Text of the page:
Toronto's Black Food Sovereignty Plan Shows City's 'Waking Up' To Inequalities, Advocate Says

The CBC reports on Anan Lololi the executive director of Afri-Can FoodBasket. The non-profit has been campaigning for food justice for Black Torontonians since the 1990s and Lololi began running the urban farm in 2002. It's a way to build up Black food sovereignty in Toronto — a concept rooted in people's right to have access to healthy food that's traditional to their cultures.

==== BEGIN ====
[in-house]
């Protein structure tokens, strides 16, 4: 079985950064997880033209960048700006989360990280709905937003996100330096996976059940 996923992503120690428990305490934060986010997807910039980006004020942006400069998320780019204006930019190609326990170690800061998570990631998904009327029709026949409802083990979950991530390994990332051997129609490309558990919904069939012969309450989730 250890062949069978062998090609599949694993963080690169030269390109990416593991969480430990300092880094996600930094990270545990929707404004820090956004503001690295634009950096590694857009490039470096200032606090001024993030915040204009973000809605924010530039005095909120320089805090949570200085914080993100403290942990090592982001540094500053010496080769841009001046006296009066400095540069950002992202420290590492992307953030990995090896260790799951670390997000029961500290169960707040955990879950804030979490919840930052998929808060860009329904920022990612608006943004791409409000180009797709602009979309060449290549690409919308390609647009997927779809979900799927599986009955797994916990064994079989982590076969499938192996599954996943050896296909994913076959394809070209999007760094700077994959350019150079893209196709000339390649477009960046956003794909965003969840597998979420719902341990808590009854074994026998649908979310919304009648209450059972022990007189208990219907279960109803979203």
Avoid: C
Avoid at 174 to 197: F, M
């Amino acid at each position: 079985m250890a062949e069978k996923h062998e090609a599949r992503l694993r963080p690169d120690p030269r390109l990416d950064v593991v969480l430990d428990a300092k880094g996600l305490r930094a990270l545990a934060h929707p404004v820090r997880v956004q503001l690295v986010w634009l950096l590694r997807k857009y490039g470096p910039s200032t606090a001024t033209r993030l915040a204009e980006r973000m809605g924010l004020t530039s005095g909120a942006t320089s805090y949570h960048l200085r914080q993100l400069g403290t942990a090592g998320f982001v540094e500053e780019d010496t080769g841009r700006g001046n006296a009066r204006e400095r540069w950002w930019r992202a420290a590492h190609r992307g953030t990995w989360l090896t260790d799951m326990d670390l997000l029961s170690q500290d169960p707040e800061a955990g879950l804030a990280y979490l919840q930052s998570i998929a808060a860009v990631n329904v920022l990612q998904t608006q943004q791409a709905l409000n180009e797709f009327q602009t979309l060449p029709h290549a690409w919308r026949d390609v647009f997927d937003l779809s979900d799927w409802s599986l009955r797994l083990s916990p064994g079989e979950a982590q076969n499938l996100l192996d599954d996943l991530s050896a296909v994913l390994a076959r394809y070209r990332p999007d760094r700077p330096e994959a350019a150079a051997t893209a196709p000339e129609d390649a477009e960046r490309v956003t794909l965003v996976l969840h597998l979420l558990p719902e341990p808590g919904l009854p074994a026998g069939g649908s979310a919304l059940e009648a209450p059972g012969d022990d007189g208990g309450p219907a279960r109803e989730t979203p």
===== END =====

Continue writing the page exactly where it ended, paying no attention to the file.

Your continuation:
Nearly 20 years later City council passed Canada's first Black Food Sovereignty Plan. The main objectives are to develop new food security initiatives led by the Black community, support and fund existing programs and restructure the city's own strategies. 

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